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PLoS One. 2015 Aug 28;10(8):e0136502. doi: 10.1371/journal.pone.0136502. eCollection 2015.

TLR4 Expression by Liver Resident Cells Mediates the Development of Glucose Intolerance and Insulin Resistance in Experimental Periodontitis.

Author information

1
Department of Periodontics, College of Dentistry, University of Illinois at Chicago, Chicago, Illinois, United States of America.
2
Undergraduate Program, College of Dentistry, University of Illinois at Chicago, Chicago, Illinois, United States of America.
3
Undergraduate Program, University of Illinois at Chicago, Chicago, Illinois, United States of America.
4
Department of Radiology, University of Chicago, Chicago, Illinois, United States of America.
5
Department of Internal Medicine, Section of Pulmonary, Allergy, Critical Care, and Sleep Medicine, The Ohio State University, Columbus, Ohio, United States of America.
6
Departments of Medicine and Physiology and Biophysics, College of Medicine, University of Illinois at Chicago, and Jesse Brown VA Medical Center, Chicago, Illinois, United States of America.

Abstract

BACKGROUND:

Results from epidemiological studies indicate a close association between periodontitis and type 2 diabetes mellitus. However, the mechanism linking periodontitis to glucose intolerance (GI) and insulin resistance (IR) is unknown. We therefore tested the hypothesis that periodontitis induces the development of GI/IR through a liver Toll-like receptor 4 (TLR4) dependent mechanism.

METHODS:

TLR4 chimeric mice were developed by bone marrow transplantation using green fluorescent protein expressing TLR4WT mouse (GFPWT) as donor and TLR4 WT or TLR4-/- as recipient mice (GFPWT:WT and GFPWT:KO chimeras respectively). These chimeras were subjected to experimental chronic periodontitis induced by repeated applications of LPS to the gingival sulci for 18 weeks. The levels of GI/IR were monitored and plasma cytokines and LPS were determined at 18 weeks when differences in glucose tolerance were most apparent. Cytokine gene expression was measured in liver tissue by qPCR.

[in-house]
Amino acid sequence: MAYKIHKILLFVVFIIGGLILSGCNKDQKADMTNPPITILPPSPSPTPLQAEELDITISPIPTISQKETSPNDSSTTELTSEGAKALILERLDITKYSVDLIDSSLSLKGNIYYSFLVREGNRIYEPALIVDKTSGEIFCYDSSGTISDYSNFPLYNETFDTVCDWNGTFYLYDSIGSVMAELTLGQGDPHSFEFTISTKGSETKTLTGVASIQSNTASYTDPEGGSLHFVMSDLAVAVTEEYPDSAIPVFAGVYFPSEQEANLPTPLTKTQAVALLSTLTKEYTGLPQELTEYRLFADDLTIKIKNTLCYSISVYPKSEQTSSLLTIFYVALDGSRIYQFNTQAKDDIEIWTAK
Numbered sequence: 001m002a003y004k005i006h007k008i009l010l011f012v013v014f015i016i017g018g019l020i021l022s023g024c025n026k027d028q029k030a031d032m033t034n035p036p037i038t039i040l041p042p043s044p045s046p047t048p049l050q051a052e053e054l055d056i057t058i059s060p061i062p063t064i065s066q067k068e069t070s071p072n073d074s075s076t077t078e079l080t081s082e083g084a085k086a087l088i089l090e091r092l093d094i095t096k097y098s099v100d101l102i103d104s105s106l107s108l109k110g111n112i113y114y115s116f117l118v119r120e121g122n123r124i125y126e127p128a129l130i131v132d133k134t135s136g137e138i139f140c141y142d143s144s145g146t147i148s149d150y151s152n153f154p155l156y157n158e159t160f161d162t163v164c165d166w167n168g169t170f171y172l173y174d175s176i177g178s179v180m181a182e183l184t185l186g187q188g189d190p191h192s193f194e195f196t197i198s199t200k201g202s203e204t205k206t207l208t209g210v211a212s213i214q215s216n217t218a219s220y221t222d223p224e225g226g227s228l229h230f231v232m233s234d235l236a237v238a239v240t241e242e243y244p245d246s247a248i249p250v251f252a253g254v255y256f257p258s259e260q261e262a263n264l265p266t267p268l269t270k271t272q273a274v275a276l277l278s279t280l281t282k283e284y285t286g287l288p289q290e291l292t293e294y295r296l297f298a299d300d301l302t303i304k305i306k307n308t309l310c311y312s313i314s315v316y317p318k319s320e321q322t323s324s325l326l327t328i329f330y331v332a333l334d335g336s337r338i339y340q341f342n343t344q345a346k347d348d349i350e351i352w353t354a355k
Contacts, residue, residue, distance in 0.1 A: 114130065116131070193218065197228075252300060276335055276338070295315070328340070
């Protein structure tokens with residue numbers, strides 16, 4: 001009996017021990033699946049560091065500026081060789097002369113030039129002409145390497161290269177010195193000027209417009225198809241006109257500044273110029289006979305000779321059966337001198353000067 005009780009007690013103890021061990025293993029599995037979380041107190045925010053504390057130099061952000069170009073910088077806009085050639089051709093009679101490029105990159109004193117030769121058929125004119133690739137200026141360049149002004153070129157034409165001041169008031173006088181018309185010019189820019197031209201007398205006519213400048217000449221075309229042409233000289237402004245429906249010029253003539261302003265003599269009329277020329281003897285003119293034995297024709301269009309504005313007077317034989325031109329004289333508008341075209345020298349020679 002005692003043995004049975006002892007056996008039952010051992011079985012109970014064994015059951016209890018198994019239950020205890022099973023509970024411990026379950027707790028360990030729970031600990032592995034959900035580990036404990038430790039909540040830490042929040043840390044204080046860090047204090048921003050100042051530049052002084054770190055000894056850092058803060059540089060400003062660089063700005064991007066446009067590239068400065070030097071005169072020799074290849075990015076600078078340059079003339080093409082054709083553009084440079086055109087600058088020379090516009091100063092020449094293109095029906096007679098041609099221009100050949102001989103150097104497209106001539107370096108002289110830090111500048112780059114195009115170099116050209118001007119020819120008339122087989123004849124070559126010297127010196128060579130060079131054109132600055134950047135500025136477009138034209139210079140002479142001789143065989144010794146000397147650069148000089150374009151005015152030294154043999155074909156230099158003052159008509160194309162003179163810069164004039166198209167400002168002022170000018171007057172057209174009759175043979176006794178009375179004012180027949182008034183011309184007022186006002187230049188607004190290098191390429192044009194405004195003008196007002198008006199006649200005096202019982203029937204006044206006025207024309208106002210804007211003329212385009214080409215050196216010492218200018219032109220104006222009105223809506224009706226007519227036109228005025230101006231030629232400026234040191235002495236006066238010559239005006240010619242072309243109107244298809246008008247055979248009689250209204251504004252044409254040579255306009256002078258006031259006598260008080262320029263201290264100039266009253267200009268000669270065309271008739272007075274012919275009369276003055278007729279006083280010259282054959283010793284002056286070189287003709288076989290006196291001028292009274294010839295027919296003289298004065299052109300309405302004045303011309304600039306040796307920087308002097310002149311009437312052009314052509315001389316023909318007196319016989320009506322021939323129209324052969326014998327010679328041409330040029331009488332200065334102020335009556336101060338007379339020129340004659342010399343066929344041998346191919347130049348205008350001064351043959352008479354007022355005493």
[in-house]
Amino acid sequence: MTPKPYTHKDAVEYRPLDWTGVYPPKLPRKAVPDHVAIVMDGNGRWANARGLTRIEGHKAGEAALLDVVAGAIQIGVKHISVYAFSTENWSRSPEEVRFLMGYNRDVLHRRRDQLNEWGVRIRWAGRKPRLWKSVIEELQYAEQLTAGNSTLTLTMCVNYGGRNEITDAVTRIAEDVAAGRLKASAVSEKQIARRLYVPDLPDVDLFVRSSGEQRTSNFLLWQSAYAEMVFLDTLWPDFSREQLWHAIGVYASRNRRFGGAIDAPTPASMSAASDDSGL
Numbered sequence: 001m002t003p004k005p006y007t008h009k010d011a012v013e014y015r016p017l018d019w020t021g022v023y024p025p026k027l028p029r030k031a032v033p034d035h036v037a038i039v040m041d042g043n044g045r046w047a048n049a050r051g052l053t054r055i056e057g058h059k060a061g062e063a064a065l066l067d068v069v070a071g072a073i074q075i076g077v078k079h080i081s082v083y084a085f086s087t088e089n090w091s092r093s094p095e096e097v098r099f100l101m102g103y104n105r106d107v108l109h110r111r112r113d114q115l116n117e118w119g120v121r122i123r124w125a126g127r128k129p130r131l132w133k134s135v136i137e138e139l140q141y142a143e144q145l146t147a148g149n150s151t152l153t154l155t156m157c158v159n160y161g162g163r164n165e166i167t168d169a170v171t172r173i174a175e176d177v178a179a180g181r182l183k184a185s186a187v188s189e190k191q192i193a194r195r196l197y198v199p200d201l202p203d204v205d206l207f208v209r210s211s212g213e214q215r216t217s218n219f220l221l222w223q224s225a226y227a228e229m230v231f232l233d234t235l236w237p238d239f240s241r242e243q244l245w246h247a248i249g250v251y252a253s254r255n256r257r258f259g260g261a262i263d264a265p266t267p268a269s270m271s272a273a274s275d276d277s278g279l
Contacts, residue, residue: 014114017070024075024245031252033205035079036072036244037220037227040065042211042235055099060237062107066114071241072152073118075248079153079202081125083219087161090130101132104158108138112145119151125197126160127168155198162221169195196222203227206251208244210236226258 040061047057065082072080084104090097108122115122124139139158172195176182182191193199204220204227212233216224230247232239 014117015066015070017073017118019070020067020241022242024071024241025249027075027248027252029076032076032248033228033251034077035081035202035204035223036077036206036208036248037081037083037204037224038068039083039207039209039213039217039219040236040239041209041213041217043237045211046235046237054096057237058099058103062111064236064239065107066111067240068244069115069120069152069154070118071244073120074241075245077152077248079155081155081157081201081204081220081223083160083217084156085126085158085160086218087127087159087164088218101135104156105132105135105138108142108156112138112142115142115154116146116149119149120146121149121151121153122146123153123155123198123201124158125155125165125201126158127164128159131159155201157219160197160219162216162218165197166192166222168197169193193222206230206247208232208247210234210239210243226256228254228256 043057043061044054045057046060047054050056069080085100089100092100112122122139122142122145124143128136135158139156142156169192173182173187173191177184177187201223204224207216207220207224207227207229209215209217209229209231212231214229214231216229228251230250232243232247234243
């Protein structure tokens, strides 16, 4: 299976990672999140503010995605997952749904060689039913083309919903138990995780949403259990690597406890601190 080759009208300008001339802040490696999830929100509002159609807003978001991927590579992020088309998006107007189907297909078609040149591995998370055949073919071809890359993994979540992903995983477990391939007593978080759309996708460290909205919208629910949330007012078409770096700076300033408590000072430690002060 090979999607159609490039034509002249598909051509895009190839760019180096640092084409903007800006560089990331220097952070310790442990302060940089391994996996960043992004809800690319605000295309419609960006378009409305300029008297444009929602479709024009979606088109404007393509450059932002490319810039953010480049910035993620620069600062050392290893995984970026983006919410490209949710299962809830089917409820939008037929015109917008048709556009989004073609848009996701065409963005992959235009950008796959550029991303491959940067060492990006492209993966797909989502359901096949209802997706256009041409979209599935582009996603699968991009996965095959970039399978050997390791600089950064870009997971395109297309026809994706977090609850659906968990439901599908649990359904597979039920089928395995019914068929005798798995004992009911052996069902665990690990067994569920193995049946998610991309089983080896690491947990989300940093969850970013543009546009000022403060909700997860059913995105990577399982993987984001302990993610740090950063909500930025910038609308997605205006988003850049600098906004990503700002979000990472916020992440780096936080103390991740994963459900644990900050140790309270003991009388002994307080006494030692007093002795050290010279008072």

RESULTS:

Alveolar bone loss was significantly greater in GFPWT:WT chimeras treated with LPS compared with chimeras treated with PBS or GFPWT:KO chimeras. However, the degree of gingival inflammation was similar between GFPWT:WT and GFPWT:KO mice with LPS application. Severe GI/IR occurred in GFPWT:WT chimeras but not in the GFPWT:KO chimeras that were subjected to 18 weeks of LPS. Serum LPS was detected only in animals to which LPS was applied and the level was similar in GFPWT:WT and GFPWT:KO mice at the 18 week time point. Surprisingly, there was no significant difference in the plasma levels of IL1β, IL6 and TNFα at 18 weeks in spite of the severe GI/IR in the GFPWT:WT chimeras with LPS application. Also, no difference in the expression of TNFα or IL6 mRNA was detected in the liver of GFPWT:WT vs GFPWT:KO mice. In contrast, liver IL1β expression was significantly greater in GFPWT:WT chimeras compared to GFPWT:KO chimeras treated with LPS.

CONCLUSION:

We observed that GFPWT:WT, but not GFPWT:KO chimeras, treated with LPS developed GI/IR despite similar degrees of gingival inflammation, circulating cytokine levels, and LPS concentrations. We conclude that LPS from periodontitis sites has a pivotal role in triggering the development of GI/IR through a mechanism that involves TLR4 expression by resident macrophages/Kupffer cells in the liver.

PMID:
26317345
PMCID:
PMC4552742
DOI:
10.1371/journal.pone.0136502
[Indexed for MEDLINE]
Free PMC Article

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